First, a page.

A few years ago during the Blue Ridge Brutal Bike Ride, Duane and Wanda Gervasi were beginning to relax after the bulk of riders in the Brutal had passed the Northwest Trading Post rest stop.
Then a motorcyclist reported a woman and her bike were down in the grass beside the Blue Ridge Parkway. The Gervasi’s, who were Ashe County Amateur Radio Club volunteers, radioed a SAG Wagon and the Ashe County Rescue Squad of the woman’s distress. The woman had had an appendectomy the week before, but, typical of the participants in the Brutal, she was determined to take part in the ride. The woman was quickly picked up and taken to the hospital.
This event demonstrates the critical role played by the ham radio operators in the Brutal.
Again this year on Aug. 10, Blue Ridge Brutal riders can feel safer due to the work of the Club. The ham radio operators provide a continuous communications network from the Ashe Civic Center to the rest stops and the SAG wagons which operate during the ride. In fact, the Club makes all Ashe County citizens safer due to the communication capability which Club members provide.
(Bike lovers do not agree on what “SAG” stands for, but some think it is “support and gear.” The SAG wagons roam the route of the Brutal to pick up riders, if needed, or provide gear for repairs.)
The Club owns an FM “repeater” on Phoenix Mountain which provides the Club’s communications ability in Ashe County. A repeater takes a weak radio signal and retransmits it on a stronger signal. Other corporations and entities which use radio communications have repeaters up there, such as Blue Ridge Electric and the state. Members of the Club finance and maintain the repeater to keep it in good working order.
Not only do members of the Club provide their own equipment, but they must keep up the skills to operate the radios. To practice their communications skills, Club members annually participate in a field day. This year it was on June 22, at Westwood School. This event provides training for a simulated disaster. For 24 hours, members will transmit “CQ” signals which mean Come Quickly and get in touch with other ham radio operators or respond to other CQ’s.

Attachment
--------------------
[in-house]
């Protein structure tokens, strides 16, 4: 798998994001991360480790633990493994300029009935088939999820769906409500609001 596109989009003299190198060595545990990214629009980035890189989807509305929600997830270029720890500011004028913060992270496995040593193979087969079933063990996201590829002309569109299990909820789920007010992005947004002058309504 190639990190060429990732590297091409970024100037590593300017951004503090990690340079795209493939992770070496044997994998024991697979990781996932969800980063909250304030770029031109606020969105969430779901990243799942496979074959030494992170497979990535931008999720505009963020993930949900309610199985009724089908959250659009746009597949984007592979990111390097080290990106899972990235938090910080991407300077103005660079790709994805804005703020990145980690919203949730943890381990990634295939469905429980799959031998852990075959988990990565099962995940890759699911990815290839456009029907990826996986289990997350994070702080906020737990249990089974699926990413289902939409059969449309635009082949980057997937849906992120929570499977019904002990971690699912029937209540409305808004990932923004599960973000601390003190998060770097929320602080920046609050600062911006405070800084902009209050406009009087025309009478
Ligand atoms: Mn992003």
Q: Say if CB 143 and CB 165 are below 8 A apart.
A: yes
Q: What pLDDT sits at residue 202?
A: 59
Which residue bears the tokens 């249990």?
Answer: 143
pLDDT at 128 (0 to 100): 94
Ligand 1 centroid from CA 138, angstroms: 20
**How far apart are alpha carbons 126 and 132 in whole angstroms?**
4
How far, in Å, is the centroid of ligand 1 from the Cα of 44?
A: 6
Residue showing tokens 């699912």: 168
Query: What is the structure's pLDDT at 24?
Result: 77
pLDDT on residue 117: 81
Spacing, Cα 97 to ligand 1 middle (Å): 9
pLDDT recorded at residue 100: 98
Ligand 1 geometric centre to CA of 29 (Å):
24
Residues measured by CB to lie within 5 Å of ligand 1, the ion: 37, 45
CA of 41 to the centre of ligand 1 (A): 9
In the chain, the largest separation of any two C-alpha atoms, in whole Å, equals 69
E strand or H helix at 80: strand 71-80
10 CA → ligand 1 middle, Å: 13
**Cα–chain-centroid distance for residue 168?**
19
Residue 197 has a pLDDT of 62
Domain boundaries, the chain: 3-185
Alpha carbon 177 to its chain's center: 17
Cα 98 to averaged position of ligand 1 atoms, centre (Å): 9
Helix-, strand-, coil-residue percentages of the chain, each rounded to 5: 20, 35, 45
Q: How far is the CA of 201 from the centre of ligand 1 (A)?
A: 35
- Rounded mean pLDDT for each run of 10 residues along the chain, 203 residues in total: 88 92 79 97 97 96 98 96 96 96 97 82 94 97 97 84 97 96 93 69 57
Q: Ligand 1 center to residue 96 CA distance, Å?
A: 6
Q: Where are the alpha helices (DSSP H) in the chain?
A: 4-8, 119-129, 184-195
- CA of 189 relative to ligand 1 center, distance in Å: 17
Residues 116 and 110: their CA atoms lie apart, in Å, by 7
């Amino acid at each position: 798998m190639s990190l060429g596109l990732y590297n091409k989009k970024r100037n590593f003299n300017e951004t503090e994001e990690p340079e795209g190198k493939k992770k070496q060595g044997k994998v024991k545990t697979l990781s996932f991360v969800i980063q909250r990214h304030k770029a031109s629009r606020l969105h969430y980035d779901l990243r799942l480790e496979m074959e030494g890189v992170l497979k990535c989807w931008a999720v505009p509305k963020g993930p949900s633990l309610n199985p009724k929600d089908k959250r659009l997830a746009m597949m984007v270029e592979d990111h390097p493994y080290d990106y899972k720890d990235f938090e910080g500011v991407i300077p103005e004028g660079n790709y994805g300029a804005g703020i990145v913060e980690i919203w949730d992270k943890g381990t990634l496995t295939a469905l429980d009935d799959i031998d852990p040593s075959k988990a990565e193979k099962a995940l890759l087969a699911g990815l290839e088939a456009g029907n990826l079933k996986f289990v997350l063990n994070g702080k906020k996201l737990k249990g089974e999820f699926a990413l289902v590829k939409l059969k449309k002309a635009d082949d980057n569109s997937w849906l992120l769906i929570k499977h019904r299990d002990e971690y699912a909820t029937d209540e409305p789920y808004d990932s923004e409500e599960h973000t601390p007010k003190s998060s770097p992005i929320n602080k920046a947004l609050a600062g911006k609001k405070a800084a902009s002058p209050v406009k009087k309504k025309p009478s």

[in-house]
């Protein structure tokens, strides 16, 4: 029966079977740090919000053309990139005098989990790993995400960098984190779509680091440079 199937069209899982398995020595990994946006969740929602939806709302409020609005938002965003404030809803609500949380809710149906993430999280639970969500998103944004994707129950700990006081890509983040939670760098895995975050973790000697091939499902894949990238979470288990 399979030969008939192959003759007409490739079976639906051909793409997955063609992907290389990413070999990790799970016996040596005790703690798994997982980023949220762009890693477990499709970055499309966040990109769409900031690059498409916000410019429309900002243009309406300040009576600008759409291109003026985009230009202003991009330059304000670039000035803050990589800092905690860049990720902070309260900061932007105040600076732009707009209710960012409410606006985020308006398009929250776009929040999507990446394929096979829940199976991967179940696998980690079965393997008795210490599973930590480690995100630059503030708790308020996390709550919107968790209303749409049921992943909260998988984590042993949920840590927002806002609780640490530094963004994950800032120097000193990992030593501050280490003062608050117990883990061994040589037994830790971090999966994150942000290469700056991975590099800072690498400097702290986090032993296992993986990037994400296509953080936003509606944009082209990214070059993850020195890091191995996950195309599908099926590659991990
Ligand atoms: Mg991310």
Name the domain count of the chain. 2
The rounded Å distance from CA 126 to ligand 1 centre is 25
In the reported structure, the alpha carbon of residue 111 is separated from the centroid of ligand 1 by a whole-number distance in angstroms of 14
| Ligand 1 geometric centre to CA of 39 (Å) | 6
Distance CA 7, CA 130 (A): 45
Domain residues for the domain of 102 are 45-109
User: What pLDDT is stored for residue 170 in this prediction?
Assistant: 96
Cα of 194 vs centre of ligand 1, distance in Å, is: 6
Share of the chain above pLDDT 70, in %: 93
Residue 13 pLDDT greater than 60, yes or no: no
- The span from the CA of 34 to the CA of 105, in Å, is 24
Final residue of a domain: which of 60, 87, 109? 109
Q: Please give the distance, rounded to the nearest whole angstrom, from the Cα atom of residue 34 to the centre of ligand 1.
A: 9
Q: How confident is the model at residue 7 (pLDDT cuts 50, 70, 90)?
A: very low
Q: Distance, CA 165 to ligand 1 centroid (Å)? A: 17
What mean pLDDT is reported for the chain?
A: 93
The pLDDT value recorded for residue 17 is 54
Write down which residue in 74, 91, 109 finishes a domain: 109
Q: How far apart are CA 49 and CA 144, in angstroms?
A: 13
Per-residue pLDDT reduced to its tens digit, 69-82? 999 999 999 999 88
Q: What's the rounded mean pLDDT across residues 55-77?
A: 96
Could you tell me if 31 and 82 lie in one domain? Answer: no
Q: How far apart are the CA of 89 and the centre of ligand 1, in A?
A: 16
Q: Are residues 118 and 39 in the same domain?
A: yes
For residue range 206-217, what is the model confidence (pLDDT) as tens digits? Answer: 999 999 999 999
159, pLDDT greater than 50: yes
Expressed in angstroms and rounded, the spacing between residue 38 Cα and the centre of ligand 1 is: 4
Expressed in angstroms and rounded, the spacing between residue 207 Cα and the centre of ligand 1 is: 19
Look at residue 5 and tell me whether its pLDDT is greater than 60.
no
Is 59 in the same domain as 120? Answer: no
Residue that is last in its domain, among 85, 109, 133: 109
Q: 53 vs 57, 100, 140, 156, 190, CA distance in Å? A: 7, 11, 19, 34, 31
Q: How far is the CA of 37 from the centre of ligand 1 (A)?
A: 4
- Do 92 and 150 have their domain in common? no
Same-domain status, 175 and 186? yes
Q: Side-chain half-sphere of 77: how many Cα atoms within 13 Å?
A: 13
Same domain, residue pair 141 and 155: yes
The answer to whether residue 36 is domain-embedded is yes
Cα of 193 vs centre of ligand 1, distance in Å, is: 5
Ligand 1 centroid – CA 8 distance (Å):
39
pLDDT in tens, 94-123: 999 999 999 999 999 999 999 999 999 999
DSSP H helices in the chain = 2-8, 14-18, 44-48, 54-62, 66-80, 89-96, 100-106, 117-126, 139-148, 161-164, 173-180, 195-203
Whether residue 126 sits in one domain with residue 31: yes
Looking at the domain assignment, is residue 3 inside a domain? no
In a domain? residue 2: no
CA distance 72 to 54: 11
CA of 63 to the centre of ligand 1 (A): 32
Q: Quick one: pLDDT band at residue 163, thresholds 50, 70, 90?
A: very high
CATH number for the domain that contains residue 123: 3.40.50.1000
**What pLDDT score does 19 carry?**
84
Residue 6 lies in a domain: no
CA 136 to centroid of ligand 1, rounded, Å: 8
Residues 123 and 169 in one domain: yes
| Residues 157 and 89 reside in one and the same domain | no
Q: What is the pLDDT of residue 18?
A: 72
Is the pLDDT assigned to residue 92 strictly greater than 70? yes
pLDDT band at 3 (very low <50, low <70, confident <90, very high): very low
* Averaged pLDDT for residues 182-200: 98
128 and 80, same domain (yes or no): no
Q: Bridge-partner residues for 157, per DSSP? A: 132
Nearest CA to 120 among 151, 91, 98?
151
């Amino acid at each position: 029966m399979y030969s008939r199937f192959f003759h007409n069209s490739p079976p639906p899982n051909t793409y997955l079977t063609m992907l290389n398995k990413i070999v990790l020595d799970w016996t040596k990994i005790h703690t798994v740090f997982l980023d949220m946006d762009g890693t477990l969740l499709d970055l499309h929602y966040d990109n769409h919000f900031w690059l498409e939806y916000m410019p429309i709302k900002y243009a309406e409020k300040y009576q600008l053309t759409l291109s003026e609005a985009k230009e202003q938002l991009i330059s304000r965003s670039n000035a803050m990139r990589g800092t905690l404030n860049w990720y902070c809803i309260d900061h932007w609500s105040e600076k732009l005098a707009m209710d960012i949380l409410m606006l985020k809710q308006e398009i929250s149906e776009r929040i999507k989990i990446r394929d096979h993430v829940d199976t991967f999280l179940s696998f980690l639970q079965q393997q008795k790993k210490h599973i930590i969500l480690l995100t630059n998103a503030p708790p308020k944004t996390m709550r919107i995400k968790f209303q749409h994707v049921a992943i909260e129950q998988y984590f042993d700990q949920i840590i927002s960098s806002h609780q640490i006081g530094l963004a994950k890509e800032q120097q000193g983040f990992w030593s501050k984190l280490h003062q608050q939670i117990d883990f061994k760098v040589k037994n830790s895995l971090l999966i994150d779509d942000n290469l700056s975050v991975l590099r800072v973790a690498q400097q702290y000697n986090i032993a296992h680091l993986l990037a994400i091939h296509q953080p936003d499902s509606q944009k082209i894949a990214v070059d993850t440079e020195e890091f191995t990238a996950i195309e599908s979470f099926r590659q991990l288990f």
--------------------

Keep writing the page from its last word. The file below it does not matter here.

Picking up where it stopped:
In the mid-1990s Adam Lawler was in a bike ride in Virginia where ham radio operators provided communications for the ride. He approached Maude Calhoun, then the Executive Director of the Ashe Civic Center and the person who began the Brutal, and asked her if she would like to have the services of the Ashe Radio Club. Maude was delighted with the Club’s offer. “The ham operators’ help has been tremendously important for the Brutal over the years,” she recently said.
Fifteen to 16 Club volunteers are required to provide communications for the Brutal. The Club considers this role a community service. Not only do members spend from six to ten hours a day at the Brutal, but they provide their own equipment, which they have paid for personally. They consider the Brutal good practice for events like the 1993 blizzard when no phone calls could be made outside the County. During that time, Club members conveyed news about residents and travelers stranded here to their families outside Ashe County.
During the Brutal, Ashe Civic Center is the base. When the operator there sends a message to the Laurel Springs Fire Department rest stop, the message is “Laurel Springs, this is base.” The operator at Laurel Springs says “This is Laurel Springs. Go ahead.”
Club members have lots of memories of the Brutal and the riders. Benson Wills serves as the President of the Ashe Radio Club. He notes that Blue Ridge Brutal riders have often thanked him for the services of the Club when he talks to them at the rest stops.